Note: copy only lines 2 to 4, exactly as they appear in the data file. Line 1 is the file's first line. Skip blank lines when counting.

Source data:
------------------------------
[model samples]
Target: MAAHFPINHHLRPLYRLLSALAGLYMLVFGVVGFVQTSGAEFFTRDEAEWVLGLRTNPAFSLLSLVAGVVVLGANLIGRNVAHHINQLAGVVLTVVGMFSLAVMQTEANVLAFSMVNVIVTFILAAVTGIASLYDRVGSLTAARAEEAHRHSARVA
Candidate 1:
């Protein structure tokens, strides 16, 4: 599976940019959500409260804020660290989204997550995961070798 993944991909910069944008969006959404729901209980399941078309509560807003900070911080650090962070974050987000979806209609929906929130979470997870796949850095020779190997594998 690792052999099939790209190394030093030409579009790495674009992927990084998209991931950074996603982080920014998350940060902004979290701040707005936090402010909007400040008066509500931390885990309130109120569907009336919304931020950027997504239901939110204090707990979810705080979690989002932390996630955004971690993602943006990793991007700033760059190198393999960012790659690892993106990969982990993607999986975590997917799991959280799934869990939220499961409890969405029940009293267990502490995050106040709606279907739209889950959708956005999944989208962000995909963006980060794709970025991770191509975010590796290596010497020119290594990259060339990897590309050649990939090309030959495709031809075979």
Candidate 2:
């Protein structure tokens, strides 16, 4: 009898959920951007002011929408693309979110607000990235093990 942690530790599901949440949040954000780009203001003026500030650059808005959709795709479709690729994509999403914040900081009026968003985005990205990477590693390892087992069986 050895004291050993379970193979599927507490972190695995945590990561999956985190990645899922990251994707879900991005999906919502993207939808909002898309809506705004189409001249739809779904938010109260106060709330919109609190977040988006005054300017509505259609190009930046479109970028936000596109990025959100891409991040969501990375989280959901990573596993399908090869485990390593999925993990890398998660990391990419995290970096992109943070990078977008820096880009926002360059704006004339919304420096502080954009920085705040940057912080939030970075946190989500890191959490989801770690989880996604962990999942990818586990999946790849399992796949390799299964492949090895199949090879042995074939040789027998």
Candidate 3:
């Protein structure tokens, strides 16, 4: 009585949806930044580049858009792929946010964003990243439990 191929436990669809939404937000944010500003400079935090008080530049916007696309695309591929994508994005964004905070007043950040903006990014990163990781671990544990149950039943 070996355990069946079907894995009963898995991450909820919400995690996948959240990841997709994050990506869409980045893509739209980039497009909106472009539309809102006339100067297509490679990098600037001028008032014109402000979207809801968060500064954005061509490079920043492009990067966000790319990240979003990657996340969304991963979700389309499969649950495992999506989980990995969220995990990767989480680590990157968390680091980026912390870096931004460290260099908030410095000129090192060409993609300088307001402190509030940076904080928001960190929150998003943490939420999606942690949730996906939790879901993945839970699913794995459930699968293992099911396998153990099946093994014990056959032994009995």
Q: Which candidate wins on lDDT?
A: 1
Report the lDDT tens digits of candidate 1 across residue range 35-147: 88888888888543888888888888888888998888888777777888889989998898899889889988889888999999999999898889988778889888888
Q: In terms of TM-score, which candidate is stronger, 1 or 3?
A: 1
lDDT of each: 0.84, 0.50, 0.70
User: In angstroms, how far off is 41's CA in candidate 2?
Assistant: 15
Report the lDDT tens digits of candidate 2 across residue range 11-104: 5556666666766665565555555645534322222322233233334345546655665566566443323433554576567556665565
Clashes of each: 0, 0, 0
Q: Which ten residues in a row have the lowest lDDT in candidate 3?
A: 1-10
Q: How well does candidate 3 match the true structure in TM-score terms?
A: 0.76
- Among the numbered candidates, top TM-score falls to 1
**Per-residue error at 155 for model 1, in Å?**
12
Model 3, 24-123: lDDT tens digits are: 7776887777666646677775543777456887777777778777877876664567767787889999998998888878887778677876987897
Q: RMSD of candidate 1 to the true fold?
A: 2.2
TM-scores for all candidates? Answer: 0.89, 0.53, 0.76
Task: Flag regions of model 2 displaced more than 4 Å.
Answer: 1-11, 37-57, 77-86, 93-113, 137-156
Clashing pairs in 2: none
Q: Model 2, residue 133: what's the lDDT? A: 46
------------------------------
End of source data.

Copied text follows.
Target: MAAHFPINHHLRPLYRLLSALAGLYMLVFGVVGFVQTSGAEFFTRDEAEWVLGLRTNPAFSLLSLVAGVVVLGANLIGRNVAHHINQLAGVVLTVVGMFSLAVMQTEANVLAFSMVNVIVTFILAAVTGIASLYDRVGSLTAARAEEAHRHSARVA
Candidate 1:
């Protein structure tokens, strides 16, 4: 599976940019959500409260804020660290989204997550995961070798 993944991909910069944008969006959404729901209980399941078309509560807003900070911080650090962070974050987000979806209609929906929130979470997870796949850095020779190997594998 690792052999099939790209190394030093030409579009790495674009992927990084998209991931950074996603982080920014998350940060902004979290701040707005936090402010909007400040008066509500931390885990309130109120569907009336919304931020950027997504239901939110204090707990979810705080979690989002932390996630955004971690993602943006990793991007700033760059190198393999960012790659690892993106990969982990993607999986975590997917799991959280799934869990939220499961409890969405029940009293267990502490995050106040709606279907739209889950959708956005999944989208962000995909963006980060794709970025991770191509975010590796290596010497020119290594990259060339990897590309050649990939090309030959495709031809075979």